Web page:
Isro to launch PSLV's longest flight Scatsat-1 on 26 September for weather, ocean studies

This is the 37th flight of the Polar Satellite Launch Vehicle (PSLV-C35) and it will launch the satellites at 9.12 am from the Satish Dhawan Space Centre in Sriharikota, according to Isro.

FP Staff September 22, 2016 15:19:01 IST
Isro to launch PSLV's longest flight Scatsat-1 on 26 September for weather, ocean studies

Come Monday and PSLV will see its first mission where it will launch its payloads into two different orbits. Now, according to Nasa, the payloads of a rocket depend on its mission. For example, some of the earliest payloads on rockets were fireworks for celebrating the holidays.

Isro is launching its continuity mission Scatsat-1 for ocean and weather-related studies, along with seven co-passenger satellites into polar Sun Synchronous Orbit (SSO) on 26 September. Scatsat-1 is a continuity mission for Oceansat-2 to provide vector data products to help with weather forecasting and cyclone detection.

This is the 37th flight of the Polar Satellite Launch Vehicle (PSLV-C35) and it will launch the satellites at 9.12 am from the Satish Dhawan Space Centre in Sriharikota, according to Isro.

Isro to launch PSLVs longest flight Scatsat1 on 26 September for weather ocean studies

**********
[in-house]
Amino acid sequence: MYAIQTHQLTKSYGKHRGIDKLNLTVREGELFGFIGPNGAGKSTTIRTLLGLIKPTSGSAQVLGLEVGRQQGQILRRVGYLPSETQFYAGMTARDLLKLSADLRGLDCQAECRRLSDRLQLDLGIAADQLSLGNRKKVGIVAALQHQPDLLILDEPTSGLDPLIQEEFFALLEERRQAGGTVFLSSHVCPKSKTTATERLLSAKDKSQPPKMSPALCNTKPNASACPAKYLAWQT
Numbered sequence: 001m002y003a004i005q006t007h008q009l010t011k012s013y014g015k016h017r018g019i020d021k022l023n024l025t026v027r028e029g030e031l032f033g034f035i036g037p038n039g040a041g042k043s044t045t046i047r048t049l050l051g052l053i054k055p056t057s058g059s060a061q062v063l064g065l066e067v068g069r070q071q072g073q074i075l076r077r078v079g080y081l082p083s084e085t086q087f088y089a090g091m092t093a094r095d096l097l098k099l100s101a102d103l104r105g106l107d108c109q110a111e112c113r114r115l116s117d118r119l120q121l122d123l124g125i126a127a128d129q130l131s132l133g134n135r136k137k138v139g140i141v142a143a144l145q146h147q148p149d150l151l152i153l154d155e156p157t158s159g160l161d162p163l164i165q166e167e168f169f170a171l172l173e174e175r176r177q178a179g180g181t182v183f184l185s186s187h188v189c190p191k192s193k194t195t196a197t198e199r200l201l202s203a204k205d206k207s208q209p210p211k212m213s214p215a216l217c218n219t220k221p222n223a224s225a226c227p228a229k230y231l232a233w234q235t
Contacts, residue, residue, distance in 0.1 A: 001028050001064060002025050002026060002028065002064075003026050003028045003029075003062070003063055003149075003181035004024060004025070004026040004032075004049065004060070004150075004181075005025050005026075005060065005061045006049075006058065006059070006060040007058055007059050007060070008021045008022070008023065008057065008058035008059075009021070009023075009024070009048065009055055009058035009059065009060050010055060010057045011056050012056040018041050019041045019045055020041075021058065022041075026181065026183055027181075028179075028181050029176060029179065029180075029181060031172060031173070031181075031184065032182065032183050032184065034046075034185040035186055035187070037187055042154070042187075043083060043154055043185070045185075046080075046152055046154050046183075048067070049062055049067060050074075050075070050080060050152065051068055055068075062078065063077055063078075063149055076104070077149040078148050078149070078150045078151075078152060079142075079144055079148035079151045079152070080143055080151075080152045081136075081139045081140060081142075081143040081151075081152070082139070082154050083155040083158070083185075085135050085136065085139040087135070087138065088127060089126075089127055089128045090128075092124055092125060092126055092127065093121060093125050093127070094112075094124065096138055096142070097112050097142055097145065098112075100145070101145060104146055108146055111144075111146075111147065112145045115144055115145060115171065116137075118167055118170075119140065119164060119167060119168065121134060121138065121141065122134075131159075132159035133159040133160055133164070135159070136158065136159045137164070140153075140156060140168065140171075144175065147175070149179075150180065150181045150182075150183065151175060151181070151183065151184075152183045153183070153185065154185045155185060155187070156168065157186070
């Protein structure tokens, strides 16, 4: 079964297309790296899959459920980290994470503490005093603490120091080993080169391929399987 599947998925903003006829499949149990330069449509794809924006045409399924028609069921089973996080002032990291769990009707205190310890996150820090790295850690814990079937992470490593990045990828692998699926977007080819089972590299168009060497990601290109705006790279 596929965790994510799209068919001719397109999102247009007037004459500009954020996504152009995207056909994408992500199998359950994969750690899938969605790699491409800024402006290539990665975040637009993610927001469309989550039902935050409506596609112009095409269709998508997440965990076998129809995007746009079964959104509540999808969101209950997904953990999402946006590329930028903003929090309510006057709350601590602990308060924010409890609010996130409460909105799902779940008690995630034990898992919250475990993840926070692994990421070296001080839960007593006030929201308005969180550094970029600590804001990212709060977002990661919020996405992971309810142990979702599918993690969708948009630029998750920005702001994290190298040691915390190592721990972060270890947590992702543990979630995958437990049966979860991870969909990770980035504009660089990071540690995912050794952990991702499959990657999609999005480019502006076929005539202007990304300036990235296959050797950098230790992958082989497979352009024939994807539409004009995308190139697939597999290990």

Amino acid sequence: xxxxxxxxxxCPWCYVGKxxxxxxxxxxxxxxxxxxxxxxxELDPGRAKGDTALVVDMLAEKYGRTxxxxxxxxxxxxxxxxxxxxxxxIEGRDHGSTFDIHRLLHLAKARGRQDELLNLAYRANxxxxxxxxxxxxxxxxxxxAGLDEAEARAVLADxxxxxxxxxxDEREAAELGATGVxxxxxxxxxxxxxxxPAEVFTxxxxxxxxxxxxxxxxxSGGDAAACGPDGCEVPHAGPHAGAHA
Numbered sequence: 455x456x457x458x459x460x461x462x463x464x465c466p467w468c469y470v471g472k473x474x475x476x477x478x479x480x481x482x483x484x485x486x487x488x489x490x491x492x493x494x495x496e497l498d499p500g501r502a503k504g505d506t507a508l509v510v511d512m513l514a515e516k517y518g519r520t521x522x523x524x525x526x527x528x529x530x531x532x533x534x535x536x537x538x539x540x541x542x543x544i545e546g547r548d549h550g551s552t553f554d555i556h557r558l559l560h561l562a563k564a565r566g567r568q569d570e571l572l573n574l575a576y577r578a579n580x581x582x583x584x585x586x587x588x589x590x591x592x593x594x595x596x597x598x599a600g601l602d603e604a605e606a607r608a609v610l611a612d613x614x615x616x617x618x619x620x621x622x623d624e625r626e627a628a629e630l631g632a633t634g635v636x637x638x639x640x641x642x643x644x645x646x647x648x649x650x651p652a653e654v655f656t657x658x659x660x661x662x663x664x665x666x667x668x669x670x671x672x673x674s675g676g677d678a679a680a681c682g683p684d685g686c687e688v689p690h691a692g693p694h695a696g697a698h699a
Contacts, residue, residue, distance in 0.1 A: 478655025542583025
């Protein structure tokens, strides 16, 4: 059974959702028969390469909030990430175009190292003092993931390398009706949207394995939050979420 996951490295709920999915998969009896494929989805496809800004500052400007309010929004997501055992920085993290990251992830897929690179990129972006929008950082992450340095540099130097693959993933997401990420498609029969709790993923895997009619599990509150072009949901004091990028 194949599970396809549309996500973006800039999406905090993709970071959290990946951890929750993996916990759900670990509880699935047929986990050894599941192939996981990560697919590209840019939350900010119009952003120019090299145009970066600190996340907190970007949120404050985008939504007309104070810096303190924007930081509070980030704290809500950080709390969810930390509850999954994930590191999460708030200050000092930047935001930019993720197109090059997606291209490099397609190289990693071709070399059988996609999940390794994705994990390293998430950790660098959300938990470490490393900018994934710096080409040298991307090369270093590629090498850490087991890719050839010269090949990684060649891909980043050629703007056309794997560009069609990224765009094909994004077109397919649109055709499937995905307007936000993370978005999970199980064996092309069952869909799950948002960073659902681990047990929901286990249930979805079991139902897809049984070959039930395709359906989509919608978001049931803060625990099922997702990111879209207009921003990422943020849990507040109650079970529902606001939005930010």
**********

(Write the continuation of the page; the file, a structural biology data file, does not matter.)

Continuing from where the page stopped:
The Scatsat-1 spacecraft is being integrated with PSLV-C35. Also seen are two halves of the heat shield. Courtesy: Isro

Scatsat-1, which weighs 377 kg, will have satellites from Algeria, Canada and USA, along with two satellites from Indian universities as co-passenger. Scatsat-1 will be placed into a 720 km Polar SSO, while the two Indian universities satellites and the five foreign satellites will be placed into a 670 km polar orbit.

This flight also marks another first for PSLV — it will be the longest ever, clocking at two hours and 15 minutes, according to The Hindu, whereas routine PSLV launches last about 20 minutes. The Hindu report further details that Scatsat-1 will drop at a marginally higher orbit (720 km Polar SSO) and will be out in the first 17 minutes. The other satellites, which are reportedly smaller, will get off at around 600 km, after two hours.

Among the two universities set to participate in the launch, one is IIT-Bombay, which has designed and developed a satellite, Pratham, reports The Times of India. The other is by Bengaluru-based PES University, a student satellite named Pisat that carries an imaging camera as payload, reports The Hindu.

The TeCake quotes the director of the Satish Dhawan Space Centre as saying that “the campaign is in full swing for the launch of the PSLV-C35 on September 26. We have planned to release its different payloads [or spacecraft] at two different orbits this time. This will be a first multiple orbit launch in a single PSLV mission using the PS4 restart method."

What is the PS4 restart method? Isro explains. To achieve multiple orbits, there are two options available: either using a separate propulsion module or employing upper stage restart. PSLV has chosen to employ the latter, where it restarts PS4 engines twice in between a long coasting. The PS4 stage is powered by twin liquid engines and controlled by maintenance of certain critical parameters. The time usually taken during two restarts comes up to 7600 seconds that are between two widely spaced points in orbit.

With inputs from PTI

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